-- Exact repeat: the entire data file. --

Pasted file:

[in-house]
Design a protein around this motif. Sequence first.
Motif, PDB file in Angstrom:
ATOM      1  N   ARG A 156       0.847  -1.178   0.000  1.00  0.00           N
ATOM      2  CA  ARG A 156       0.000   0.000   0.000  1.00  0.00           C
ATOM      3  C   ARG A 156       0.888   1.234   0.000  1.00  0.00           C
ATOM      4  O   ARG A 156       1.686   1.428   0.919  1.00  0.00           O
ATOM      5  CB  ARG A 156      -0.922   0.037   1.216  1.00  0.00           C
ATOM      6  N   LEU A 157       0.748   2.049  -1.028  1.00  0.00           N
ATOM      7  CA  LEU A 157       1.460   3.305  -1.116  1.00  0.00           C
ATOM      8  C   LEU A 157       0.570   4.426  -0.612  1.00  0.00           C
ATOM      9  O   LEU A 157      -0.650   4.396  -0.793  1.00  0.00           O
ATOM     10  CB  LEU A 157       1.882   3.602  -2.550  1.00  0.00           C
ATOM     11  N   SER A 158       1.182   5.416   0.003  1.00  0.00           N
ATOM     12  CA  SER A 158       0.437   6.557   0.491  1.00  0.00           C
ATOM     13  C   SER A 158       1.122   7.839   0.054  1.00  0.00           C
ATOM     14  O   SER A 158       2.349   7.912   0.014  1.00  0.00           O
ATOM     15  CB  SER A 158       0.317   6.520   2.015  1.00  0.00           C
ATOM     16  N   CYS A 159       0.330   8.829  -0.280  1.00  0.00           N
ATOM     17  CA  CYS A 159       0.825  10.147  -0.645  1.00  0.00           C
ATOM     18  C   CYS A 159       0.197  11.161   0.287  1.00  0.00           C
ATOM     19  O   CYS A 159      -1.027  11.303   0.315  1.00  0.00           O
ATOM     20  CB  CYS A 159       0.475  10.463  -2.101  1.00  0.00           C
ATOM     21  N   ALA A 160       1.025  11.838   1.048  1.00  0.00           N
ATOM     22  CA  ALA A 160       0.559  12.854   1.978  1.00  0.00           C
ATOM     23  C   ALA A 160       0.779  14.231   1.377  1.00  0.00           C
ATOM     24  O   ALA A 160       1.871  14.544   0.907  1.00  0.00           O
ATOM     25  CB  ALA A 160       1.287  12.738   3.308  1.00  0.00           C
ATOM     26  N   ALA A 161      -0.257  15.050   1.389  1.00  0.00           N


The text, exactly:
[in-house]
Design a protein around this motif. Sequence first.
Motif, PDB file in Angstrom:
ATOM      1  N   ARG A 156       0.847  -1.178   0.000  1.00  0.00           N
ATOM      2  CA  ARG A 156       0.000   0.000   0.000  1.00  0.00           C
ATOM      3  C   ARG A 156       0.888   1.234   0.000  1.00  0.00           C
ATOM      4  O   ARG A 156       1.686   1.428   0.919  1.00  0.00           O
ATOM      5  CB  ARG A 156      -0.922   0.037   1.216  1.00  0.00           C
ATOM      6  N   LEU A 157       0.748   2.049  -1.028  1.00  0.00           N
ATOM      7  CA  LEU A 157       1.460   3.305  -1.116  1.00  0.00           C
ATOM      8  C   LEU A 157       0.570   4.426  -0.612  1.00  0.00           C
ATOM      9  O   LEU A 157      -0.650   4.396  -0.793  1.00  0.00           O
ATOM     10  CB  LEU A 157       1.882   3.602  -2.550  1.00  0.00           C
ATOM     11  N   SER A 158       1.182   5.416   0.003  1.00  0.00           N
ATOM     12  CA  SER A 158       0.437   6.557   0.491  1.00  0.00           C
ATOM     13  C   SER A 158       1.122   7.839   0.054  1.00  0.00           C
ATOM     14  O   SER A 158       2.349   7.912   0.014  1.00  0.00           O
ATOM     15  CB  SER A 158       0.317   6.520   2.015  1.00  0.00           C
ATOM     16  N   CYS A 159       0.330   8.829  -0.280  1.00  0.00           N
ATOM     17  CA  CYS A 159       0.825  10.147  -0.645  1.00  0.00           C
ATOM     18  C   CYS A 159       0.197  11.161   0.287  1.00  0.00           C
ATOM     19  O   CYS A 159      -1.027  11.303   0.315  1.00  0.00           O
ATOM     20  CB  CYS A 159       0.475  10.463  -2.101  1.00  0.00           C
ATOM     21  N   ALA A 160       1.025  11.838   1.048  1.00  0.00           N
ATOM     22  CA  ALA A 160       0.559  12.854   1.978  1.00  0.00           C
ATOM     23  C   ALA A 160       0.779  14.231   1.377  1.00  0.00           C
ATOM     24  O   ALA A 160       1.871  14.544   0.907  1.00  0.00           O
ATOM     25  CB  ALA A 160       1.287  12.738   3.308  1.00  0.00           C
ATOM     26  N   ALA A 161      -0.257  15.050   1.389  1.00  0.00           N